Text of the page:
I think the biggest thing about Cruz is the accuracy of his throws. He’s been bailed out by Mason Martin a few times on some throws, and got some generous scoring on others that bailed him out of a few extra errors. I don’t discount his ability to stay there long-term, but it’s going to take constant work, and the Pirates will have to live with some routine plays getting booted at times. Due to his size and athleticism, Cruz also has the potential to make plays that no other shortstop can make, keeping just enough intrigue to keep him there. As far as how long he stays at the position, I could see a move to the outfield around the time if/when the team becomes competitive once again and can’t afford to live with the errors as much as they would be in their current phase of the rebuild.
As I wrote earlier this week, Oneil Cruz can play a serviceable shortstop at the big league level today. He will not be outstanding, but he will not fall on his face either. Errors will come and he will not have strong range. However, as Tim also wrote, the shift changes some of that requirement for a shortstop. One of the major concerns with Cruz at shortstop for me is how his body will change. We all know, he is very tall. We also know he has a lot of power. Getting even bigger, and also older, will only put more strain on everything needed in the middle infield. In order to remain an elite hitter, which is his biggest value, he will have to eventually move off short. I would put the clock on this, with him already being a few months away from 24, at three to four years until it takes a toll on him.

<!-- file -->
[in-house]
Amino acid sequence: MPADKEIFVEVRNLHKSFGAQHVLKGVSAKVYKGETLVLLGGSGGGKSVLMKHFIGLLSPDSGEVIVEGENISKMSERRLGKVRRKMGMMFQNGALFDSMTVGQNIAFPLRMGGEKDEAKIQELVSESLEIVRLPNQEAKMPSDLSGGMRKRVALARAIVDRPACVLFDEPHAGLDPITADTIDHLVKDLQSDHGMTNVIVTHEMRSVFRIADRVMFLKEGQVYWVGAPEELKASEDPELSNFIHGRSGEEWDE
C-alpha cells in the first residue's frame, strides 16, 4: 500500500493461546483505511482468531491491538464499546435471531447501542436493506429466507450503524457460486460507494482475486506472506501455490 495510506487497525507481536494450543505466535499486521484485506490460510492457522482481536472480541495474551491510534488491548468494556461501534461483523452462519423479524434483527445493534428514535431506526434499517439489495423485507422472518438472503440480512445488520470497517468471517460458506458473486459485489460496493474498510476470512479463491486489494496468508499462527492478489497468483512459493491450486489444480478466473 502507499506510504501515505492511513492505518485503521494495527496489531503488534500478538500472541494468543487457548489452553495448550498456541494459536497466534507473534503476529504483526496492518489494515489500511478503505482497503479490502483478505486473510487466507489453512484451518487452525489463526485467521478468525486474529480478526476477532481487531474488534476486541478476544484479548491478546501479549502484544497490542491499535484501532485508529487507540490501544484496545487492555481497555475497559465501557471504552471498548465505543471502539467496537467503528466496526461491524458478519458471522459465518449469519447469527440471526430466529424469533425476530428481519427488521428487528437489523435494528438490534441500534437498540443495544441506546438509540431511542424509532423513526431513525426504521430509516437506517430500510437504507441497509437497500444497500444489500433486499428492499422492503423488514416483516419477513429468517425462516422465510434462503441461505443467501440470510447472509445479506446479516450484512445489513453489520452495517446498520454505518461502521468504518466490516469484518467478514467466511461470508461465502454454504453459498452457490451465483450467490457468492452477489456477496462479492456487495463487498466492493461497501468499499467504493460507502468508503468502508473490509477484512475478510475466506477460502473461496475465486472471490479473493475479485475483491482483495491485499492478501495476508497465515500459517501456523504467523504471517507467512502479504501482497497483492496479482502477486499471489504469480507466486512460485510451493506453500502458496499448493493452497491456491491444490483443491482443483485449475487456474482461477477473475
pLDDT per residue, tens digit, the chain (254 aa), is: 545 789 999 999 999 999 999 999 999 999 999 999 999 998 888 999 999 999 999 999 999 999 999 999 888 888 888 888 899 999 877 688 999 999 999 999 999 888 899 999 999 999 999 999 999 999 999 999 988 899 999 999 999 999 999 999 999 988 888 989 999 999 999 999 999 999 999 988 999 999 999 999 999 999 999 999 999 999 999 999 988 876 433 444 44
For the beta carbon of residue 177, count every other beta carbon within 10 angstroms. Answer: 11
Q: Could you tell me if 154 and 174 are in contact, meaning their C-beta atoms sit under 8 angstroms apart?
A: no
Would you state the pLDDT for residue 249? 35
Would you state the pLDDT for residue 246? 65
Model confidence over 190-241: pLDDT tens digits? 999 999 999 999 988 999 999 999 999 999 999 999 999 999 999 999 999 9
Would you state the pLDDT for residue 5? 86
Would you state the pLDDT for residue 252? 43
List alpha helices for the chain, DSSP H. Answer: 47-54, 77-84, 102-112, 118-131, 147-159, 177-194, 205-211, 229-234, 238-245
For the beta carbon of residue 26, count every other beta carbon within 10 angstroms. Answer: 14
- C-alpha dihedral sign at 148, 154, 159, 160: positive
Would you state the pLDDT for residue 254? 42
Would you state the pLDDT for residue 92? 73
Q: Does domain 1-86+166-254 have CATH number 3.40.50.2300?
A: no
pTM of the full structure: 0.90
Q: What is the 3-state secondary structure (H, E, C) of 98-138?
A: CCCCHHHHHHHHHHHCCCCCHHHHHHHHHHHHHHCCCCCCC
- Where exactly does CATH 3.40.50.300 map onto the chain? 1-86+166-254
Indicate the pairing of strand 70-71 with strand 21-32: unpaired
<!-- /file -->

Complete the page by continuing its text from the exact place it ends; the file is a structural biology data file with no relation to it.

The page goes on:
I was there for the beginning of this experiment. When Cruz arrived with the Pirates in 2017, he was a third baseman. I remember seeing him play in one of his early games, thinking that the only thing holding him back from the infield might be his height putting him further from ground balls. And then the Pirates decided to try him at shortstop. That experiment was met with immediate questioning, mostly due to his height. It’s similar to the concerns I had when he was at third base. Since the experiment started, Cruz has shown that he can handle the grounders, and can make some plays that other shortstops can’t. A lot of his errors this year have been on throws, which has nothing to do with height, though it could be a result of bad fundamentals from the entire process of fielding a grounder. Liover Peguero has a more common shortstop build and profile, which is why he gets projected into the role more often. However, Peguero also has been having error issues this year, with three more than Cruz at the moment. I don’t see any reason why Cruz should move off the shortstop position right now. I also think that Peguero should move him off the position eventually, though I think it’s unfair to Cruz to assume he will inevitably move due to his errors, while glossing over the errors from Peguero. I think that Peguero has more defensive potential, but I feel like Peguero gets graded on that potential, while Cruz gets graded on mistakes that would be overlooked for Peguero. Cruz will eventually move off the position as he fills out and gets slower, which probably gives him about 3-4 years as a starter at the position in the big leagues anyway. Eventually, he will need that outfield work.